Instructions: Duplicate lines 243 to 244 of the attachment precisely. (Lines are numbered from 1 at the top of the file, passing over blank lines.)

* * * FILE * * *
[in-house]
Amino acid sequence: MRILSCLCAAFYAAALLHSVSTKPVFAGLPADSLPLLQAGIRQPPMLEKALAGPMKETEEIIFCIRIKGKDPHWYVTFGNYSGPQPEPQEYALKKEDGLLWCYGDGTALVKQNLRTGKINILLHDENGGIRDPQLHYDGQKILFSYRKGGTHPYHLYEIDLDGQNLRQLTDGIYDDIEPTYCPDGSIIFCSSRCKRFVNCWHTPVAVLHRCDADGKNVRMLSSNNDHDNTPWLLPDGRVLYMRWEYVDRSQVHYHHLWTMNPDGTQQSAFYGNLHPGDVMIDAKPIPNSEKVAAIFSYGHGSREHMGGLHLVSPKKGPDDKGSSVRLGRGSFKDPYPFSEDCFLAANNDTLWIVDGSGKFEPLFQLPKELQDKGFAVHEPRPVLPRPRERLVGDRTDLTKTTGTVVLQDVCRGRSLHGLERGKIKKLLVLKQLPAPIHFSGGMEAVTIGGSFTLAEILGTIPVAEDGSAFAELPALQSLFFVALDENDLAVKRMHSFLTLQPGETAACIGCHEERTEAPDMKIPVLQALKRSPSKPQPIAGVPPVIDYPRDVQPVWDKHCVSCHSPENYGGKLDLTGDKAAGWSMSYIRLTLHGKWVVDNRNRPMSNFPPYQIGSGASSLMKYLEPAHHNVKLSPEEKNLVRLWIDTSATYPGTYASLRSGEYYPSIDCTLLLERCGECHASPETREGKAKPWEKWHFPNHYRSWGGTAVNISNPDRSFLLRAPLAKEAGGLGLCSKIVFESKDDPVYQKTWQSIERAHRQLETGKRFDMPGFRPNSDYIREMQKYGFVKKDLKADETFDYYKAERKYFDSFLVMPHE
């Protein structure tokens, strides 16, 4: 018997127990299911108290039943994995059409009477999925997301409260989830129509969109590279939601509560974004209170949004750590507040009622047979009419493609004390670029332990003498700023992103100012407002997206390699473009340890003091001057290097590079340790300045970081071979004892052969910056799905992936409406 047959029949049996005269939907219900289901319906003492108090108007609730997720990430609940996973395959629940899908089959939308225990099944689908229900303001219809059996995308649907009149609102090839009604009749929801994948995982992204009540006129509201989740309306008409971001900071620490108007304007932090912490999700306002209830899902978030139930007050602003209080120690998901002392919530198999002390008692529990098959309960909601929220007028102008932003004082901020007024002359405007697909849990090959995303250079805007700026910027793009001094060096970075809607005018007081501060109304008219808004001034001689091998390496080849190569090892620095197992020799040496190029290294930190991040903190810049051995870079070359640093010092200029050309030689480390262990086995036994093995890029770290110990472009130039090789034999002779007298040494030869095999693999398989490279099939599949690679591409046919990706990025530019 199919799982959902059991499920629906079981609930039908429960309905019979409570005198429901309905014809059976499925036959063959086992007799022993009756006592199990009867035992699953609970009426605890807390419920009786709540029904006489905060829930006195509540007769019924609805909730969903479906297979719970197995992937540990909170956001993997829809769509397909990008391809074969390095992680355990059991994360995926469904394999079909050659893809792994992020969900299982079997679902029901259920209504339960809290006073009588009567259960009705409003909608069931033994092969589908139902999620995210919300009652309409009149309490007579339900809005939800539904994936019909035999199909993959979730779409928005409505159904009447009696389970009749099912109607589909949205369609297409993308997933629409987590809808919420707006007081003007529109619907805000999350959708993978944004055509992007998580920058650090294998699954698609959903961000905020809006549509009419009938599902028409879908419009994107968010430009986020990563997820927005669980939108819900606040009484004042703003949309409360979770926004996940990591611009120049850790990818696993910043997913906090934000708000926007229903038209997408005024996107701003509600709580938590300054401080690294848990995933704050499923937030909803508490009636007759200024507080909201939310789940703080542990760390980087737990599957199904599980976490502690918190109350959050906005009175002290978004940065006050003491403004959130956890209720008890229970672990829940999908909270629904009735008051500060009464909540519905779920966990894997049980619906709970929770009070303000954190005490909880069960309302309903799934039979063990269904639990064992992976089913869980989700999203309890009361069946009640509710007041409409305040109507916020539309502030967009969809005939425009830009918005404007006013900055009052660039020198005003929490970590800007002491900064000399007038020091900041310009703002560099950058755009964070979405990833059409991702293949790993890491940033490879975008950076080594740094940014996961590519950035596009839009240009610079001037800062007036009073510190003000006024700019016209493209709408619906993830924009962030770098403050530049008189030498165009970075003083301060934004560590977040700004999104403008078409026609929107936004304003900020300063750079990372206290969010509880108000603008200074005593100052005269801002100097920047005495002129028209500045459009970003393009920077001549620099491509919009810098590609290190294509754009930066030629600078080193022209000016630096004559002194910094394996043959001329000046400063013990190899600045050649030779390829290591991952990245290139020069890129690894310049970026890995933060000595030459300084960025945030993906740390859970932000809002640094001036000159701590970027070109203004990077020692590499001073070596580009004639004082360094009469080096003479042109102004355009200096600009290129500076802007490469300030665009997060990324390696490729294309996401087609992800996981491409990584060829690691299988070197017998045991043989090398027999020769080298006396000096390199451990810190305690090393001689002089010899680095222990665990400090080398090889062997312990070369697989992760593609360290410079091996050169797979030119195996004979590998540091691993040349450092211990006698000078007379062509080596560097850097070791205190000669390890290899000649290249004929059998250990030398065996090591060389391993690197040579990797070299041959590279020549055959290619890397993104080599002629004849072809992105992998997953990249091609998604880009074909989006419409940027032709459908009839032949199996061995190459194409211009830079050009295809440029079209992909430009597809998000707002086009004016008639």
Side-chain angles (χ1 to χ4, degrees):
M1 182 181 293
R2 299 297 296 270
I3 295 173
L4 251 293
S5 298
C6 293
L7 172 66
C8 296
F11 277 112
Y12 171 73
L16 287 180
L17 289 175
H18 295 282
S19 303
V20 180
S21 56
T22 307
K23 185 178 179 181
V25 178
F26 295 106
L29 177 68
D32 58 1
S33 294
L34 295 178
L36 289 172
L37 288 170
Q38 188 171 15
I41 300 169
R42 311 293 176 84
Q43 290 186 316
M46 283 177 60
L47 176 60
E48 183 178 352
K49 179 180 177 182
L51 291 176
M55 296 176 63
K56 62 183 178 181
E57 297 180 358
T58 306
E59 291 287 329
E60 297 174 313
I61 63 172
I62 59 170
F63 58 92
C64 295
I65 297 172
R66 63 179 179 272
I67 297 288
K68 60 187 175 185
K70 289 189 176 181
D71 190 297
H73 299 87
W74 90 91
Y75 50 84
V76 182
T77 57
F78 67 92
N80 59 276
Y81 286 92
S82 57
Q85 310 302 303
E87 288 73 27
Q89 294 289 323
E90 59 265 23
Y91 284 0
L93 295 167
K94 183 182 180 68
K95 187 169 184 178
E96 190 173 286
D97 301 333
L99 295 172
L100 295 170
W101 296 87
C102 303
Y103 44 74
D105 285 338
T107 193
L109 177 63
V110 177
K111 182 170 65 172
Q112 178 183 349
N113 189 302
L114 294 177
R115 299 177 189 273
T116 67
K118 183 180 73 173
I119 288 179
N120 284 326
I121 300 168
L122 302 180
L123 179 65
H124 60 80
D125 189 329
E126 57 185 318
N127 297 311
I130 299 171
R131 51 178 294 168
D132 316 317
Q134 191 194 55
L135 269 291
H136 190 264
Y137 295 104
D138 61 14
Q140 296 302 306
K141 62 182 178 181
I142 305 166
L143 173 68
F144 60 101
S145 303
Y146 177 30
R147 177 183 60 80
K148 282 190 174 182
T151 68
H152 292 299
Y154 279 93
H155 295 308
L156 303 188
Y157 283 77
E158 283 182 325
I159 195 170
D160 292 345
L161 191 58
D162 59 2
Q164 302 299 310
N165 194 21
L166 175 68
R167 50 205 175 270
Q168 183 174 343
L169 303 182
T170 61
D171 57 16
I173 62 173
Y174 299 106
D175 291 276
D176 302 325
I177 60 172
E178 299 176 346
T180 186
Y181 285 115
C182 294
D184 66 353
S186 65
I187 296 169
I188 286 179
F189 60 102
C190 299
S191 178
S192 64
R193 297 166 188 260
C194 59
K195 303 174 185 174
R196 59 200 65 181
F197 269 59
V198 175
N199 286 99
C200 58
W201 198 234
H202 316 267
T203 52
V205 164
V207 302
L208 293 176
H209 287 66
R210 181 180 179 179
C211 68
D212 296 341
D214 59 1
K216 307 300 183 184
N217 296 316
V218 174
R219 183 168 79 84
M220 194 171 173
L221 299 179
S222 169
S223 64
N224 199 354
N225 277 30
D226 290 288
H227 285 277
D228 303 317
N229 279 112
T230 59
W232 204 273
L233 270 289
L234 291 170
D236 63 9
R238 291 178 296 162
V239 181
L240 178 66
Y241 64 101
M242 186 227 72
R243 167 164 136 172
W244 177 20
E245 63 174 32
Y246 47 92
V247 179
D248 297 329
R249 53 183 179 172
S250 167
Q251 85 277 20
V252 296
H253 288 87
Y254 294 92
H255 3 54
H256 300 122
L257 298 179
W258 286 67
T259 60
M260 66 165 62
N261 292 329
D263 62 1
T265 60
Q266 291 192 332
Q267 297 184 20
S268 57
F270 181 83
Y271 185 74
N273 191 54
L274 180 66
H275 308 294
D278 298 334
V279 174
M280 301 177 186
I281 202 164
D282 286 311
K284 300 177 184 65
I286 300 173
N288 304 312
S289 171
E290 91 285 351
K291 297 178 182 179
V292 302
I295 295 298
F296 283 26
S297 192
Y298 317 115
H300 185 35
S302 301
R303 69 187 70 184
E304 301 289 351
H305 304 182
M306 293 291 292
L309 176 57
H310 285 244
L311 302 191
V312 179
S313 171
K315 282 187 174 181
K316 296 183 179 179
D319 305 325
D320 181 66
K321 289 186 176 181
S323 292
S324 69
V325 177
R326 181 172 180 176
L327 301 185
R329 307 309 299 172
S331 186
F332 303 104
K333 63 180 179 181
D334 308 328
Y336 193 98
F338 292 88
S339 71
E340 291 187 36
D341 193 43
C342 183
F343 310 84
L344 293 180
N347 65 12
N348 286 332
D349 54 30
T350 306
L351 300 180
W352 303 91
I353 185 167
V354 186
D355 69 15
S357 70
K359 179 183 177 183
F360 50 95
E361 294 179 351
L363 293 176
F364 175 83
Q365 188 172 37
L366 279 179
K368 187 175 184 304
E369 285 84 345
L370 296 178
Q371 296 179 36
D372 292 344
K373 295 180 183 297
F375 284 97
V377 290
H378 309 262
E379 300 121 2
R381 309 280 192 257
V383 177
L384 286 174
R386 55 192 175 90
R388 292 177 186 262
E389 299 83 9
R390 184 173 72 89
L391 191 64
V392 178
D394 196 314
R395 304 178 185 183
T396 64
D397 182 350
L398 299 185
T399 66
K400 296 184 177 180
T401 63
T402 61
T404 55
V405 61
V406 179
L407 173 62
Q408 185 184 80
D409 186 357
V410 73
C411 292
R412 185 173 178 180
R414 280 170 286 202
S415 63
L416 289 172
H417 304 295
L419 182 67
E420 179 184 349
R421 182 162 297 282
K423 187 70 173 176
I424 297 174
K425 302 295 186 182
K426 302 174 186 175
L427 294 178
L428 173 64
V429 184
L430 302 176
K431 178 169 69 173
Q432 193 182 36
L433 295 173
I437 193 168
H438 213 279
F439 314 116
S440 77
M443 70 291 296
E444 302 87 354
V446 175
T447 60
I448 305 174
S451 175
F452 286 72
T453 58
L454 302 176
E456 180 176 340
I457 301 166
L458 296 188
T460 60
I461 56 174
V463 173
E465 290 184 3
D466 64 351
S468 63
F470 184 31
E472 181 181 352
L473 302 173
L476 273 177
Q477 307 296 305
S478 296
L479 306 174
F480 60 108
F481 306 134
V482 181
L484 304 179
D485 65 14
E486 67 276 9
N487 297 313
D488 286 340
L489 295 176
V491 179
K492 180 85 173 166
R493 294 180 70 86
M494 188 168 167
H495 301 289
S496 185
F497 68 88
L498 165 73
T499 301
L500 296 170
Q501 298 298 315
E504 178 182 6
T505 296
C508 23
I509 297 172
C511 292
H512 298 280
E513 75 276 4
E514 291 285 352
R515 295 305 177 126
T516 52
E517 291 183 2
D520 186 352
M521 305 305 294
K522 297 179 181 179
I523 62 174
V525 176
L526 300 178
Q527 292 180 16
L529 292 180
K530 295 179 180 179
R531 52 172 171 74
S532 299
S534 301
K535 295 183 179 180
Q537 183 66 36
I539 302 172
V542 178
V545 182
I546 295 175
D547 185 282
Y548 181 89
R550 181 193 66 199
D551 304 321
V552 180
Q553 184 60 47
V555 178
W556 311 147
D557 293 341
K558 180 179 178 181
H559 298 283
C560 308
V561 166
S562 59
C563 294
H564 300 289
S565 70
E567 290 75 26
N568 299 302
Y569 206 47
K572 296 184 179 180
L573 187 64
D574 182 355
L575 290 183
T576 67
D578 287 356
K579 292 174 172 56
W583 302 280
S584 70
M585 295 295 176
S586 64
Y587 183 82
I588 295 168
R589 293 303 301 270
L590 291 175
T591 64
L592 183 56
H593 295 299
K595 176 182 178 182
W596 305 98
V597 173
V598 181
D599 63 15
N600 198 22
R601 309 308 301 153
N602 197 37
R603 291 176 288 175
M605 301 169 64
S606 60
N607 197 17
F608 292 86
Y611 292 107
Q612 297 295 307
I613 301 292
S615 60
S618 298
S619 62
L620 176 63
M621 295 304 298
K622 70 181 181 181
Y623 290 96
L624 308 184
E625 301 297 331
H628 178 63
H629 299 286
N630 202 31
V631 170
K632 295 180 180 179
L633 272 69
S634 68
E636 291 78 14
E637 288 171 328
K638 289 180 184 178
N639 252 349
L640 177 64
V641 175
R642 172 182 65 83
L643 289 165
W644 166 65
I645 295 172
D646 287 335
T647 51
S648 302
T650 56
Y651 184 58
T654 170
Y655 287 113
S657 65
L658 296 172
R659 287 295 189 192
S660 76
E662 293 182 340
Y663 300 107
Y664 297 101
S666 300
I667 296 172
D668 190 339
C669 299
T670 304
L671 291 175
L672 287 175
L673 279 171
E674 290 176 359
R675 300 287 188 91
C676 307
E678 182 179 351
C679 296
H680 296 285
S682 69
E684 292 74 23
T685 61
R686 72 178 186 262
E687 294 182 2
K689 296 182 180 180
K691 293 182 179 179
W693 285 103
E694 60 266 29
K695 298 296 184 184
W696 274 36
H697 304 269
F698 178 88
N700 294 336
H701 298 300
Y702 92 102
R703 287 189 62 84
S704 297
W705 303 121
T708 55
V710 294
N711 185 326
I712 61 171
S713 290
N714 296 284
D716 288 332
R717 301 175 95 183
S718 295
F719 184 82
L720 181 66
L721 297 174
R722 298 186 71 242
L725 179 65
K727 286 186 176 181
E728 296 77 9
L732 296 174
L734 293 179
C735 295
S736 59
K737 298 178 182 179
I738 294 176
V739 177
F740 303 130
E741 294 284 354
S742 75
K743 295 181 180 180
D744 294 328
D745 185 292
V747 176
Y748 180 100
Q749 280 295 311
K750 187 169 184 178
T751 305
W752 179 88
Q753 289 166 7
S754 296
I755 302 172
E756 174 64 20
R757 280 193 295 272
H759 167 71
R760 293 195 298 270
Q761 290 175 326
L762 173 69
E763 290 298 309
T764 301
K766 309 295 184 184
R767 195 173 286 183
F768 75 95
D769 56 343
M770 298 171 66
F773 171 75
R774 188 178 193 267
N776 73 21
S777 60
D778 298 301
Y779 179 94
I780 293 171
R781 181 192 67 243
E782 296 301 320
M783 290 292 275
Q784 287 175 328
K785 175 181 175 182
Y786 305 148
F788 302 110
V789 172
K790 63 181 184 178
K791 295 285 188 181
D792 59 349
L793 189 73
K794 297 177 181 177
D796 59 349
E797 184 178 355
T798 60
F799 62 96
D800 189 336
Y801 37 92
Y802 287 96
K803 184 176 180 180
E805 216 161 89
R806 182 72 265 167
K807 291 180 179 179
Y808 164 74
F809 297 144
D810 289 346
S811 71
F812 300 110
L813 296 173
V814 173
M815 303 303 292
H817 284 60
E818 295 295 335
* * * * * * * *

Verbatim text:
R303 69 187 70 184
E304 301 289 351